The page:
About two thirds of the way through, I became aware that a much smaller percentage of people in the museum had tattoos, than in the general population. I told James and Victoria, and they started watching, and observed the same. We came up with various hypotheses, and rejected them. First of all, the crowd was young enough. Their art, had there been any, was not shaded by Pendletons. When was the last time you were standing in line in Seattle, any place other than an old folks’ home, and you could see exactly one sleeve on maybe 40 people, mostly under 35?

Was it the early hour, noon on Saturday? Was it the persistence required to buy the tickets on line, camping out all morning on redial? The cost? All of these explanations posit a theory of who-gets-tattoos, which was maybe valid during the Carter Administration.

So, I don’t know. But it was happening, sure as shadow bands.

We had a delightful little lunch at Le Pichet. Charcuterie. Corn Soup. On the way back to the car, two men jumped out at us and said, “You dropped something!” and I thought, oh great, we are about to be robbed in front of Pike Place Market in broad daylight. But they were only flyering some hip hop show. Why they thought we were their audience, I don’t know. “Do you really get a lot of customers by pretending to be pickpockets or initiating a pigeon drop?” I asked them. “We just want to show white people there’s nothing to be afraid of,” said one, disregarding that I was in full fight-or-flight adrenal dudgeon and if we had been policemen they would by now have both been prone on the sidewalk in a sticky pool of spreading controversy.

A trip to Google suggests that acting like a Gypsy con artist on the streets of Bucharest is in fact an accepted way of publicizing your concert. Go figure.

After another puzzling entry sequence to the parking lot, we drove to Tacoma, where our Opcode coworker friend Kord’s son Christian was playing in his rock band for a sports fundraiser for a prep school. It was nice to see Kord and Pam and express our condolences for the recent tragic loss of their 19-year-old daughter Caitlin, as a passenger in a DUI crash.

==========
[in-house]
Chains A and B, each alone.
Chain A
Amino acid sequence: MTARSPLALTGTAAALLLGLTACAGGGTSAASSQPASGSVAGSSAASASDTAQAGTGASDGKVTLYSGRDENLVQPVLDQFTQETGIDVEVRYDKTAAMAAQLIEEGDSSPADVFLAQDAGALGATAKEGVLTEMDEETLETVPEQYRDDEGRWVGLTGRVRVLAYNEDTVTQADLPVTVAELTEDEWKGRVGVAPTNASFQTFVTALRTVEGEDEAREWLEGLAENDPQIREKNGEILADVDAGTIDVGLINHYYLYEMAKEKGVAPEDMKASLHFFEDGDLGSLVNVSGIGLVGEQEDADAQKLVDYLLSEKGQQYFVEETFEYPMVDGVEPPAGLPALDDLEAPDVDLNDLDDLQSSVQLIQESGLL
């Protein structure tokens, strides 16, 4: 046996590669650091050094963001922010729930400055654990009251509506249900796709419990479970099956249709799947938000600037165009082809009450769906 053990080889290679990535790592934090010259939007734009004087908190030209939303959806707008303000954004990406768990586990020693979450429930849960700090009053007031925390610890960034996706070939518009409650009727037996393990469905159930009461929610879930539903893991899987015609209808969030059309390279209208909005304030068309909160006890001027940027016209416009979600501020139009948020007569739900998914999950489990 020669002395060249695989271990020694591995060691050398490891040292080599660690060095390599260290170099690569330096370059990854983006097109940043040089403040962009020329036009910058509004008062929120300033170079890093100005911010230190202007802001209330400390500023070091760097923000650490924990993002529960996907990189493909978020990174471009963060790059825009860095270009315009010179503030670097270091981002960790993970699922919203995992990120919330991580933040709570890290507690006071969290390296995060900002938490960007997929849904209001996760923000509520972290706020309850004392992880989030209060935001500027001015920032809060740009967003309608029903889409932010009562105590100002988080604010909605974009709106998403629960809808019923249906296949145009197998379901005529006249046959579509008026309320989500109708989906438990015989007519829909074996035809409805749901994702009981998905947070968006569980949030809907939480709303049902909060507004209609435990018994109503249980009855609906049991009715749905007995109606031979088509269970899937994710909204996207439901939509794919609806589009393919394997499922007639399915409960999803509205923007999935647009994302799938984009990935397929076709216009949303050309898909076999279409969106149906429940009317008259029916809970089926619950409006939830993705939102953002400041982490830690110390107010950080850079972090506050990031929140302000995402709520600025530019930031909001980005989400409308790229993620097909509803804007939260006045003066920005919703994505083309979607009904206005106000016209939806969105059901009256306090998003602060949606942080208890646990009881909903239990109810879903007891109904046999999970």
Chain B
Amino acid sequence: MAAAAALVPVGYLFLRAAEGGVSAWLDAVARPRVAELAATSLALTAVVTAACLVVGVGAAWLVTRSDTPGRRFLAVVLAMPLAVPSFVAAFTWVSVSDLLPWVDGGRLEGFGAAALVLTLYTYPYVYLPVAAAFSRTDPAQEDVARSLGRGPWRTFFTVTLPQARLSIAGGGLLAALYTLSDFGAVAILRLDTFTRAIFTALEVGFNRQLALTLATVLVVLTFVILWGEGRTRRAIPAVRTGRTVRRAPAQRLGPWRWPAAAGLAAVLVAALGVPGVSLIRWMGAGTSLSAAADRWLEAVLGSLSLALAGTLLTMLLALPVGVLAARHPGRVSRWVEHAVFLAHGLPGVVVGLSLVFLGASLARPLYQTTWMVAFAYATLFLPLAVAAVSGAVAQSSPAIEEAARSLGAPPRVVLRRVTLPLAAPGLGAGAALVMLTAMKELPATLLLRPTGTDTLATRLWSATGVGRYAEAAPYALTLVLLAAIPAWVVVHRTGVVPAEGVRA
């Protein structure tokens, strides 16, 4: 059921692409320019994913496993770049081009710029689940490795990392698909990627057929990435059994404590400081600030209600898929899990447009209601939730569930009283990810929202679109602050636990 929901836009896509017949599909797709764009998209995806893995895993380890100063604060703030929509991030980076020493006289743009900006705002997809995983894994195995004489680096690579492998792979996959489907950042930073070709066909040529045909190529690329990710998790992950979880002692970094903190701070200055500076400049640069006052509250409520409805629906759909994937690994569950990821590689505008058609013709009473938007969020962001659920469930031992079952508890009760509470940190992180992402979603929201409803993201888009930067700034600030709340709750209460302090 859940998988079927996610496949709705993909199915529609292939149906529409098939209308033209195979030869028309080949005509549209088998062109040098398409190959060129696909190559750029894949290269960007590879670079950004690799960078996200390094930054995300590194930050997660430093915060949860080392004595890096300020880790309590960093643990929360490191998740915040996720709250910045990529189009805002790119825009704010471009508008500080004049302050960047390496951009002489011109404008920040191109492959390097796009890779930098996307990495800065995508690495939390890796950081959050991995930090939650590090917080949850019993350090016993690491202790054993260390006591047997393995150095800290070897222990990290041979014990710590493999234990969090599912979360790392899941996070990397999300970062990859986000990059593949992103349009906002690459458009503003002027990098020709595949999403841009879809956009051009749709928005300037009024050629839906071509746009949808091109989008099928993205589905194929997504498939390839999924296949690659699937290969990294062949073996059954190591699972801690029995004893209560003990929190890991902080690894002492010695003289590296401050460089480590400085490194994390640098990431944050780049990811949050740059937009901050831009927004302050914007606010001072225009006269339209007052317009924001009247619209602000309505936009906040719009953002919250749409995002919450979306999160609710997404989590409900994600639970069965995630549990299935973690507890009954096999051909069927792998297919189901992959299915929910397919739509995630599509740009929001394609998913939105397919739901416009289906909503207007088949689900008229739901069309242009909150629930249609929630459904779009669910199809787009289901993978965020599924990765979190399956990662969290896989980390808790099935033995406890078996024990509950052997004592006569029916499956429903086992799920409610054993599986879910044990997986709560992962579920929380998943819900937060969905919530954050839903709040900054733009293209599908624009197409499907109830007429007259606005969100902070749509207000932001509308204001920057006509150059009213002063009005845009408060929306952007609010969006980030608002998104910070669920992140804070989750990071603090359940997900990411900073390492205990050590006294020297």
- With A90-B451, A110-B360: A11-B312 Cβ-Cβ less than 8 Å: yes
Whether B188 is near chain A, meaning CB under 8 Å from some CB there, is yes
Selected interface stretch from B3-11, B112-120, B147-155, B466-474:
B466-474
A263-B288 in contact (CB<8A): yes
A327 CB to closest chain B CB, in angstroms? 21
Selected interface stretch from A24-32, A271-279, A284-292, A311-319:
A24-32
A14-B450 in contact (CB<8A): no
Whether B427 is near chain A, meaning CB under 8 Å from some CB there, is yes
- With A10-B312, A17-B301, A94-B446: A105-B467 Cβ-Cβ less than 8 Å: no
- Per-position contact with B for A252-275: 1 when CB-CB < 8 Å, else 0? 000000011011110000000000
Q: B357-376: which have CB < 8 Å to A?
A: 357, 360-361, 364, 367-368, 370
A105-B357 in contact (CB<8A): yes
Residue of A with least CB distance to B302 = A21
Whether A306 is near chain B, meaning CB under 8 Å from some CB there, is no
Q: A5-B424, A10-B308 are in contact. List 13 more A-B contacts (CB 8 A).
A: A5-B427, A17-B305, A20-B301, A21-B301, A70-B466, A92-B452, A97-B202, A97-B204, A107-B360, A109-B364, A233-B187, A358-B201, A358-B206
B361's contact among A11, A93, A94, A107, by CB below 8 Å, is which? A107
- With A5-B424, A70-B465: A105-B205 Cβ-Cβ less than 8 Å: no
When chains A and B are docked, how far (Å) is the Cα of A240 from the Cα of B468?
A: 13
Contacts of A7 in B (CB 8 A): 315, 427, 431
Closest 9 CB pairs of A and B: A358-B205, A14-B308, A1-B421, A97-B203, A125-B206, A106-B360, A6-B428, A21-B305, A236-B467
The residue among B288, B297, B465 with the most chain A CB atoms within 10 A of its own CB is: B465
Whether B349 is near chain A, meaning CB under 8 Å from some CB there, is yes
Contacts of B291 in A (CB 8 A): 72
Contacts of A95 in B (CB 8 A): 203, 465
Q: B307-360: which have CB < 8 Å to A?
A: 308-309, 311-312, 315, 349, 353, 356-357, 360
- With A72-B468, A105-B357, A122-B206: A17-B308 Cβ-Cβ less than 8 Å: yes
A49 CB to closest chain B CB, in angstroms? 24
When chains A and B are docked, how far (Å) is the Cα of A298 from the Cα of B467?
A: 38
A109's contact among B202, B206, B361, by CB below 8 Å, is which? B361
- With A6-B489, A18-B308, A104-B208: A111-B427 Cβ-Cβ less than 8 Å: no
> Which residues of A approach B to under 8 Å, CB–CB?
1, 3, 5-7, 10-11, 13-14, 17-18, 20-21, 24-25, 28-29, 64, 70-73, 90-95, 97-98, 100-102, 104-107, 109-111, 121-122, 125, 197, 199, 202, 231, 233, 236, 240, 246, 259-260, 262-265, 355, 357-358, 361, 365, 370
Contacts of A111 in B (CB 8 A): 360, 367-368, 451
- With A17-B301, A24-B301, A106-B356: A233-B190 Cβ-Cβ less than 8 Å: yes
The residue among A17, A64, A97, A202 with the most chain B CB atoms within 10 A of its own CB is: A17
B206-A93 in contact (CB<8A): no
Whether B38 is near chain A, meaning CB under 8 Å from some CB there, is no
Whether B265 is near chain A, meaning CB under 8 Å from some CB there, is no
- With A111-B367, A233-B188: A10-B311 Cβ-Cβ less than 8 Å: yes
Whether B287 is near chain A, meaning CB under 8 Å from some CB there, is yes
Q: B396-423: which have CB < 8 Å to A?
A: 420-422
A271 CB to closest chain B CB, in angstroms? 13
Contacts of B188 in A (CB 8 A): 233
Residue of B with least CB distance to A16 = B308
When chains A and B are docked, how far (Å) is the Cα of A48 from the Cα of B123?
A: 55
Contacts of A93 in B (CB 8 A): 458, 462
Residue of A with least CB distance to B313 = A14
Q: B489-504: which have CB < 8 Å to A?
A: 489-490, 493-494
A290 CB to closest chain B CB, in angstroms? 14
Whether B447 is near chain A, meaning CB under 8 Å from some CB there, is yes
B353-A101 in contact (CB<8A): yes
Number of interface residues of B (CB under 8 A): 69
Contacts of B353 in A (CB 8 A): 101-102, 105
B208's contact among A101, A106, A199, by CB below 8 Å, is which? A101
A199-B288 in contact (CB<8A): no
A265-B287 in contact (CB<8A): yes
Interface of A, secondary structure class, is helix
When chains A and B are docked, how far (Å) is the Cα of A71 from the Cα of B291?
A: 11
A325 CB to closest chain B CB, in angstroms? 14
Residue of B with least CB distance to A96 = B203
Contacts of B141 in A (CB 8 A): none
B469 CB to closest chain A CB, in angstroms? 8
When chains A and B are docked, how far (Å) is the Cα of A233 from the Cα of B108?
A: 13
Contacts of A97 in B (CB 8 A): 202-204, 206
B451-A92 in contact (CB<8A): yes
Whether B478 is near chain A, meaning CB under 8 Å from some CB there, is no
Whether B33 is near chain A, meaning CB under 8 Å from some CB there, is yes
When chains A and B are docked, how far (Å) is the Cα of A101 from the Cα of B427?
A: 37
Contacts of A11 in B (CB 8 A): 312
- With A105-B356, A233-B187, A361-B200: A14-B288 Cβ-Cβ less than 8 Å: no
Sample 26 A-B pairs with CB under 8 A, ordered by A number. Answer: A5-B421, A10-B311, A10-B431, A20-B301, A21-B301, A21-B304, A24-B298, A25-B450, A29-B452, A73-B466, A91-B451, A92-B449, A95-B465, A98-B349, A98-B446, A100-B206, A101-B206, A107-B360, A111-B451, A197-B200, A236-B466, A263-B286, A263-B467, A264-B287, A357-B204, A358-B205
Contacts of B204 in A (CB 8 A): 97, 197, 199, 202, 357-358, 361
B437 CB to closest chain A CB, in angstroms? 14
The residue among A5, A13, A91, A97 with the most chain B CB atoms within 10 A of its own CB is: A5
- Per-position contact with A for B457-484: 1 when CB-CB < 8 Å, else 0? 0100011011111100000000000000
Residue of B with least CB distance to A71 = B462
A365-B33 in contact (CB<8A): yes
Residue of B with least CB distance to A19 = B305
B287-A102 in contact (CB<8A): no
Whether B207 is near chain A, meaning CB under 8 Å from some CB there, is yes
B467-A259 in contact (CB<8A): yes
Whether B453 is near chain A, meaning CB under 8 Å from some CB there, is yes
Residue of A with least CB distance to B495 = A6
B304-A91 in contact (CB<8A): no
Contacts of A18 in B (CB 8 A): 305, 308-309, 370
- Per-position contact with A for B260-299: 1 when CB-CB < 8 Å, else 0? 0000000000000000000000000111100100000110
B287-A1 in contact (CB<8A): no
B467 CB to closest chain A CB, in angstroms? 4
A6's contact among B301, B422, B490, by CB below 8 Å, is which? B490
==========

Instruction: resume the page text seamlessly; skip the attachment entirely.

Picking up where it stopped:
Obvioiusly we didn’t know anybody at the fundraiser, nor were we likely to meet any. It was clear to the parents and old alums that we were NOKD, and the preppie athletes have learned very early in life, to avoid eye contact with anyone who can’t get them founder’s stock. But our names were on the band’s guest list, so noblesse fuckin’ oblige. I took photos of Christan and his pals on the stage, and chatted with some of the caterers. Scallop and bacon tamales. bottomless guacamole.

Grieving is where you find it.

Then it was a four-hour drive back to Eugene where we will leave the car for Kent to drive back to our house, as we fly Monday morning to Iceland.


We met our friend Jesse at the eminently popular Por Que No on the eminently popular N Mississippi Ave.  Then we stayed with our Opcode coworker Lenore and her husband Geoff.  They had just remodeled the kitchen, and had a very colorful countertop with shards of beer bottles embedded in cement, with a clear top.